Introduction / History
The Larestani live in southwestern Iran, in the southern portion of the province of Fars in an area called Larestan. This sparsely settled region near the Persian Gulf is characterized by valleys and low mountains. The town of Lar is the chief settlement. Lari is the language spoken; it is closely related to Farsi, the language of most Iranians.
The Larestani are of Persian descent. In the thirteenth century, Lar became a center of trade and commerce in southern Persia (today called Iran). Larestan was nearly always an obscure region, never becoming involved in the politics and conflicts of mainstream Persia. In 1979, the monarchy of the Shah was overthrown, and Iran became an Islamic republic which rigidly controlled the lives of its citizens, governing them according to Islamic sharia law. Today, Larestan is one of the poorest regions of Iran, and many Larestani have migrated to more prosperous parts of the country.
What Are Their Lives Like?
Just as their Persian ancestors were, many of today's Larestani are either farmers or shepherds. The farmers grow a variety of crops, including cereals and citrus fruits. Since date palms grow in abundance, dates also are a major crop. Tobacco, cotton, mustard, and sesame are important cash crops. Most farmers depend entirely on rainfall to water their crops, but in a few areas, farmers practice irrigation.
The nomadic shepherds raise animals such as camels, horses, and sheep. The agricultural and nomadic economies have traditionally supported each other: farmers and shepherds trade their products. The nomadic way of life has begun to disappear, however, because the government has encouraged nomads to settle as farmers.
Larestani history tells us many of its people were traders. Today that influence still remains, for many Larestani are traders or peddlers. Others are employed in various industries, including the making of firearms, bricks, and tiles and the weaving of cotton cloth and carpet.
Except along the coast, little rain falls, and the weather is usually very hot. Trees such as tamarisks, acacias, and conifers are common. A major problem in Larestan is water supply. Underground water sources are often too salty to drink; thus, the people have built cisterns in many places to catch rainwater.
The Larestani have a rich literary heritage, with many writings that have been published in the Lari language. A number of Larestani poets also have become well known throughout the country, and their works are published in the Farsi language.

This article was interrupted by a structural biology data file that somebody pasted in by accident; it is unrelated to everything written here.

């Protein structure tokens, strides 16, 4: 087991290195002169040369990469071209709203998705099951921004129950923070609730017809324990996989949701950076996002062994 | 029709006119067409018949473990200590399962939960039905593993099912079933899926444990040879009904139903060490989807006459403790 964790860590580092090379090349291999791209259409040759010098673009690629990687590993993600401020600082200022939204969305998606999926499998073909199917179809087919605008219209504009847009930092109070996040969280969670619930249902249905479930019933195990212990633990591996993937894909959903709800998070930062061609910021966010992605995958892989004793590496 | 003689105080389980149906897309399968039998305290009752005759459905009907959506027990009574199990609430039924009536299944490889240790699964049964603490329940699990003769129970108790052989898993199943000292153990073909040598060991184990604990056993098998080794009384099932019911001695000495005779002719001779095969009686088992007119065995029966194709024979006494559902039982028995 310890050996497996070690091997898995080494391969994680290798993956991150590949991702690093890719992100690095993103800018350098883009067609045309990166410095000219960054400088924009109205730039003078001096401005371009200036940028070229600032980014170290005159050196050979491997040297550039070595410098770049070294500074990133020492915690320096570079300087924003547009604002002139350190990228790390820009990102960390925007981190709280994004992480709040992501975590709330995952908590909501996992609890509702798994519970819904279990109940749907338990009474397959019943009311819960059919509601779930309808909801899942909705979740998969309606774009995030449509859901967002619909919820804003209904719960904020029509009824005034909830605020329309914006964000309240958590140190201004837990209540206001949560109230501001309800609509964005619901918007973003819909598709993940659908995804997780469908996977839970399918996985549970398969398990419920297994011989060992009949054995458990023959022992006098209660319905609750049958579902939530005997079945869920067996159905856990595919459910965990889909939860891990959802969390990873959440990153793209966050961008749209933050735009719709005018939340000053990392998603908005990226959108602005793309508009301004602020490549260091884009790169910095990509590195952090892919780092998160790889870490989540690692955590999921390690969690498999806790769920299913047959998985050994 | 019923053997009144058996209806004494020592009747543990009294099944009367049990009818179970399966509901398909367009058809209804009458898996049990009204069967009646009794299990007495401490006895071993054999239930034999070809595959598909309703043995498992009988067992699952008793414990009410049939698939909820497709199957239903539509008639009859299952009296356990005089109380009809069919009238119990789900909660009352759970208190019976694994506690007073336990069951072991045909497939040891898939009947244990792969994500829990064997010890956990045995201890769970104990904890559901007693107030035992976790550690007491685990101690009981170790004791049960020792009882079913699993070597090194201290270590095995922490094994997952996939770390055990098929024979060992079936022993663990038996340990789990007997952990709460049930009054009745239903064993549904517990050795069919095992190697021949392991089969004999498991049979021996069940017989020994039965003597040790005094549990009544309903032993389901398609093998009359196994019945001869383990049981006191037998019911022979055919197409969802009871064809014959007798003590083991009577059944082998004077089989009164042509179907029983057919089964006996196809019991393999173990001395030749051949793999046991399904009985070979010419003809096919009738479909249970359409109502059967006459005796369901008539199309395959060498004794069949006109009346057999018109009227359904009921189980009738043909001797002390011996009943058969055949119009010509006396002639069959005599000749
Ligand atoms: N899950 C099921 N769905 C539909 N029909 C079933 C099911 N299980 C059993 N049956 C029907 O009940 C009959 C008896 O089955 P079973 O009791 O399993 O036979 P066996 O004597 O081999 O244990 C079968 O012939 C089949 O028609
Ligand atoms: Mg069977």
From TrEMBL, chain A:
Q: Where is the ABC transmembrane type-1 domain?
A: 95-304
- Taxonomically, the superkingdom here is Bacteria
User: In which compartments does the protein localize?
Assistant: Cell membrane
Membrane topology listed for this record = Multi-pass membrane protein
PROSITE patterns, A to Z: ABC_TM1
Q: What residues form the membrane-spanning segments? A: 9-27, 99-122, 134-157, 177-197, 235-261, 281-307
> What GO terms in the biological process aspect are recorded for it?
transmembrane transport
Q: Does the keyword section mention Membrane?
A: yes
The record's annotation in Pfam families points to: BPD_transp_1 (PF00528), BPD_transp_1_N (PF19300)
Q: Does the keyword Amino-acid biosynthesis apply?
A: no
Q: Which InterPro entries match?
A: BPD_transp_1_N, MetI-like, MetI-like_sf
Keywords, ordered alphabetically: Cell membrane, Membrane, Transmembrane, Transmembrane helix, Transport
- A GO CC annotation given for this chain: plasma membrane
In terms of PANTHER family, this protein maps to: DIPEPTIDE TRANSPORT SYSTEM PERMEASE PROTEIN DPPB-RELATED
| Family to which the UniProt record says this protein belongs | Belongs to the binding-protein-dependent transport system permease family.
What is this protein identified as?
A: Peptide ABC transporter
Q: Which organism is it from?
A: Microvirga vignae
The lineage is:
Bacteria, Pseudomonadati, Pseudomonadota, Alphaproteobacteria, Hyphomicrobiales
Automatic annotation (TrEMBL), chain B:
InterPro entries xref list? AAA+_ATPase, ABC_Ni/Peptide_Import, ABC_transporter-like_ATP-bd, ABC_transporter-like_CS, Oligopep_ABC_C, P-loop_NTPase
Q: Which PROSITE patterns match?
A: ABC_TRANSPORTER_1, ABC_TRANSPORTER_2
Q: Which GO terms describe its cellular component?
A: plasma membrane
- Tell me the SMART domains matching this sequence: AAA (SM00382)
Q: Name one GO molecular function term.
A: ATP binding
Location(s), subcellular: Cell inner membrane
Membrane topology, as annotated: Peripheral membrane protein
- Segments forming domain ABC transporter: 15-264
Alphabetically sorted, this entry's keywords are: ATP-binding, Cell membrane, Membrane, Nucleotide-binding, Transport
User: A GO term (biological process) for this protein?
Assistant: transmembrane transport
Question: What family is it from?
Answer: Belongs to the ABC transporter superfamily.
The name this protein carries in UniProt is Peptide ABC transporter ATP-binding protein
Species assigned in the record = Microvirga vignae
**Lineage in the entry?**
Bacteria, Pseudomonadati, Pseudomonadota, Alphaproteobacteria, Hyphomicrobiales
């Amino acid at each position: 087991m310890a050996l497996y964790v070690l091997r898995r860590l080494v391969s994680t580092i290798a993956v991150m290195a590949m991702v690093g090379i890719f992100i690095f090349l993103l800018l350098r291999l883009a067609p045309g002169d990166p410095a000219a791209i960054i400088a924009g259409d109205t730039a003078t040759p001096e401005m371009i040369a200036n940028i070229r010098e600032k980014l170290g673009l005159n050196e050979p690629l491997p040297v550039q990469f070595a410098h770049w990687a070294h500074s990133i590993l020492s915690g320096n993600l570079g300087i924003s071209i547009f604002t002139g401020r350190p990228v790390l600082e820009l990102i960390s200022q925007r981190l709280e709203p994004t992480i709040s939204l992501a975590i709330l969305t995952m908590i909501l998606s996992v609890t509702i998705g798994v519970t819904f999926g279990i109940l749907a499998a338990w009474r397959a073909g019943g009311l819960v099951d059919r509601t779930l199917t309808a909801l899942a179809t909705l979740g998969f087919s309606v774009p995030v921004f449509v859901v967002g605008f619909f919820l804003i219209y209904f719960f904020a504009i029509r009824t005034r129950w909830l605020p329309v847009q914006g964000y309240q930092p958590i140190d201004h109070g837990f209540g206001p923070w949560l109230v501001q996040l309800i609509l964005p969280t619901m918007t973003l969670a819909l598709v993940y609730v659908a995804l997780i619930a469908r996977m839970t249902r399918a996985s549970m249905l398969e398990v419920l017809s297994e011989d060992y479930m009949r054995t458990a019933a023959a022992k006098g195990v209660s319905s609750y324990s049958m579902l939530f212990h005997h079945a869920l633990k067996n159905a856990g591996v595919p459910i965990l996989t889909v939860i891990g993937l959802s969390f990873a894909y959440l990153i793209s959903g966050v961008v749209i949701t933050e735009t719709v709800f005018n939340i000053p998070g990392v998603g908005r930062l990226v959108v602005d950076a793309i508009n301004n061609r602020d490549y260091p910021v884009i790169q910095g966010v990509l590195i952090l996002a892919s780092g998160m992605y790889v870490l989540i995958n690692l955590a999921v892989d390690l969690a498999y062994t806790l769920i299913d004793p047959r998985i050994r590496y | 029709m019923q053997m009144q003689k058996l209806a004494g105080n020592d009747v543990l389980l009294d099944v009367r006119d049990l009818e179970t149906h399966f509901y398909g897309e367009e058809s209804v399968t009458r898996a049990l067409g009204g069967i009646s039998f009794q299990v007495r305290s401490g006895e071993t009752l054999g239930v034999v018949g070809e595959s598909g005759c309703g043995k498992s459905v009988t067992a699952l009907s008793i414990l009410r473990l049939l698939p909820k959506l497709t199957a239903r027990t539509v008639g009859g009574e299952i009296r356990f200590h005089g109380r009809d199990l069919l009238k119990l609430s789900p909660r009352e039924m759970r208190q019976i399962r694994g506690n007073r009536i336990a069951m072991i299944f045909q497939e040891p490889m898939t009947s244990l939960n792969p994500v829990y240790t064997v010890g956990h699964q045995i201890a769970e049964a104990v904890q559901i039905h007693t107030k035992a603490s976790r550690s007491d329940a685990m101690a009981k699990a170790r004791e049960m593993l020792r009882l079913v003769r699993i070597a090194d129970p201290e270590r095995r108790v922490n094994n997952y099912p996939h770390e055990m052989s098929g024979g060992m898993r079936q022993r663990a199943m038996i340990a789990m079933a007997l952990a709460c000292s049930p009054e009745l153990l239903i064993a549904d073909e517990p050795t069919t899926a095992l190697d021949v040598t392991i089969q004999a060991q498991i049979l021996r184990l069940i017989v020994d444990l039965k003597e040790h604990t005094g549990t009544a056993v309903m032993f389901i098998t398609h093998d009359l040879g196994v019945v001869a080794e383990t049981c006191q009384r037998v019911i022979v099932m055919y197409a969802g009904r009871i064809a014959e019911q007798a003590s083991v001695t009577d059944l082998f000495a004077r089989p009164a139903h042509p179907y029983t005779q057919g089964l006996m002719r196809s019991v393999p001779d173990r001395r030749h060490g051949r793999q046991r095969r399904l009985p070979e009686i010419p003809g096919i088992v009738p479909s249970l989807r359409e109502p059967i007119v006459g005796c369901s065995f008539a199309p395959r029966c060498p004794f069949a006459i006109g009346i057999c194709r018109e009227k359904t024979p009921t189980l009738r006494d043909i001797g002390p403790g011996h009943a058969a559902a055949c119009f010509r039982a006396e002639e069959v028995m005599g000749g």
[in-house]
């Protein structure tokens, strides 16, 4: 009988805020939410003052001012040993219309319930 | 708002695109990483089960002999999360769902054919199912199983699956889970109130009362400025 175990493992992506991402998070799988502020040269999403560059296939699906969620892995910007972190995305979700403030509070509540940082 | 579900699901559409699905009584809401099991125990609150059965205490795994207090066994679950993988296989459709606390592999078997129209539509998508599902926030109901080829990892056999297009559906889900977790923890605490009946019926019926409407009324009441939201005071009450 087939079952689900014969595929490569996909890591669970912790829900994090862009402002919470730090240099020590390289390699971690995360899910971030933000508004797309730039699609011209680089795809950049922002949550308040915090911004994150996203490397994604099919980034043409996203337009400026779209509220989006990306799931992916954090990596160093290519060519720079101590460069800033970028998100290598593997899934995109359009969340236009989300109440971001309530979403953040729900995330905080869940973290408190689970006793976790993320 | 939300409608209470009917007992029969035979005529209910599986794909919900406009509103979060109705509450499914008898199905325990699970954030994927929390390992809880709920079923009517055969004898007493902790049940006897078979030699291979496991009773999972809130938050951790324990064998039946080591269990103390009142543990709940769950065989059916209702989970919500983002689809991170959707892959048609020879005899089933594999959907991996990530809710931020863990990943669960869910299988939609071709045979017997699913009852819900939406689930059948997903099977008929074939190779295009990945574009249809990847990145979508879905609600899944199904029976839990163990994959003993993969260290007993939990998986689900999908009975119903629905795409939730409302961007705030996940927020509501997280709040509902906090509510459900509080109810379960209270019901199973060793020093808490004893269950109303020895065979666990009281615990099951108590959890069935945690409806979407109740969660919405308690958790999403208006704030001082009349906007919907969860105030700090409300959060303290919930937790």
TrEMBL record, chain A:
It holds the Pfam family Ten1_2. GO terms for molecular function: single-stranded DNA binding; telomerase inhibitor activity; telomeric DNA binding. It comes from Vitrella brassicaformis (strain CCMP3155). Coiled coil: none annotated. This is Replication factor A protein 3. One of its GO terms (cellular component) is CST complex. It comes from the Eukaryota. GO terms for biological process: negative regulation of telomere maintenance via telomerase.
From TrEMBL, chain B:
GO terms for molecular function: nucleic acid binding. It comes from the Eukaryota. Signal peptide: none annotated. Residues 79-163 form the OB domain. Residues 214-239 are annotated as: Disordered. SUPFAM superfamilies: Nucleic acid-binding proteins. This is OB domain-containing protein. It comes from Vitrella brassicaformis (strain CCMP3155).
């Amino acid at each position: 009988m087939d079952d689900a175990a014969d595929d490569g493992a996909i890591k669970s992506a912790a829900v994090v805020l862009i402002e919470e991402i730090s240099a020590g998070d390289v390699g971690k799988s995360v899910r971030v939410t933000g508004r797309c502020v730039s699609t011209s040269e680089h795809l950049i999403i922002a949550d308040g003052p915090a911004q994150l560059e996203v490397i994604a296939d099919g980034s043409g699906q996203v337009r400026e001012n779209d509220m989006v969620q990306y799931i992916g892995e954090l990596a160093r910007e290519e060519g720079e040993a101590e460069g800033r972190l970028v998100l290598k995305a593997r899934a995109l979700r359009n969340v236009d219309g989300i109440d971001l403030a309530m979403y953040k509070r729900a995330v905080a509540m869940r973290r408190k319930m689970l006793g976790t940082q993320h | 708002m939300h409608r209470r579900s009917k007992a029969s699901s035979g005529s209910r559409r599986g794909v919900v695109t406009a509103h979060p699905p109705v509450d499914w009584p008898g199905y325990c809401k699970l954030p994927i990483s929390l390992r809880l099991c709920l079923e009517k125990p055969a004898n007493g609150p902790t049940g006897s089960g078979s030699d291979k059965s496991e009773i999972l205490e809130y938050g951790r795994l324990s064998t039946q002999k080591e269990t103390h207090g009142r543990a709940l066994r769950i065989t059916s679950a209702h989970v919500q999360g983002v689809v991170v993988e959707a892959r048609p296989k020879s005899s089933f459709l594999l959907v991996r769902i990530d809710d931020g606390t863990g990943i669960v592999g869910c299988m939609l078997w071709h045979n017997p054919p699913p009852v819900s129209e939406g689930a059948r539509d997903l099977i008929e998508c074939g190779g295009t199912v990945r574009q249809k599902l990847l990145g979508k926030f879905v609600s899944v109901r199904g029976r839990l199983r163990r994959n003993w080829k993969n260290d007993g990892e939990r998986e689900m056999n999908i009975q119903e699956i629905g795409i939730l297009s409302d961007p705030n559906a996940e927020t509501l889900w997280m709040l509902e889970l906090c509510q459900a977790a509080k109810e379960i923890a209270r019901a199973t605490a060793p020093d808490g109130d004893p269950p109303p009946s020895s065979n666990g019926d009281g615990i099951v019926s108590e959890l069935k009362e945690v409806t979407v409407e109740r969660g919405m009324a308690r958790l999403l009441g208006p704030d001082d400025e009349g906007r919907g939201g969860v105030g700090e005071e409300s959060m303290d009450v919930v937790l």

What Are Their Beliefs?
Although most Iranians are Shi'ite Muslims, the Larestani are predominantly Sunni Muslims. Islam was founded by the "prophet" Mohammed in the seventh century. The religion is based on works, and has five basic tenets. First, all Muslims must profess that there is only one God and that Mohammed was his prophet. Second, they are required to pray facing Mecca, Islam's holiest city, at least five times a day. Third, they must give alms to the poor. Fourth, all Muslims are required to participate in ceremonial fasting, especially during the month of Ramadan. Finally, Muslims are required to make at least one pilgrimage to Mecca, if possible.
What Are Their Needs?
The Larestani have great physical needs. Larestan is one of the most economically undeveloped regions of Iran, and many of the people must struggle to earn a living. Larestan lacks a reliable supply of fresh water. This tends to hinder growth and development, especially of agriculture.
The material needs of the Larestani are many, yet the spiritual needs are even greater. With regard to missions, Iran is perhaps the most closed country in the world. Few foreigners and no missionaries are permitted to enter the nation. Christians are mercilessly persecuted for their faith. Consequently, there are no Christians among the Larestani, and no Christian materials are available in Lari.
* Ask God to raise up prayer teams who will begin breaking up the soil through worship and intercession.
* Pray that God will save key Larestani leaders in government who will share the love of Jesus with their own people.
* Pray that the Larestani will begin to hunger for a personal relationship with God.
* Pray that laws restricting the preaching of the Gospel would be changed.
* Ask God to raise up laborers who understand the culture and have a heart to work with the Larestani.
* Pray that strong local churches will be raised up among the Larestani.
|Profile Source: Bethany World Prayer Center|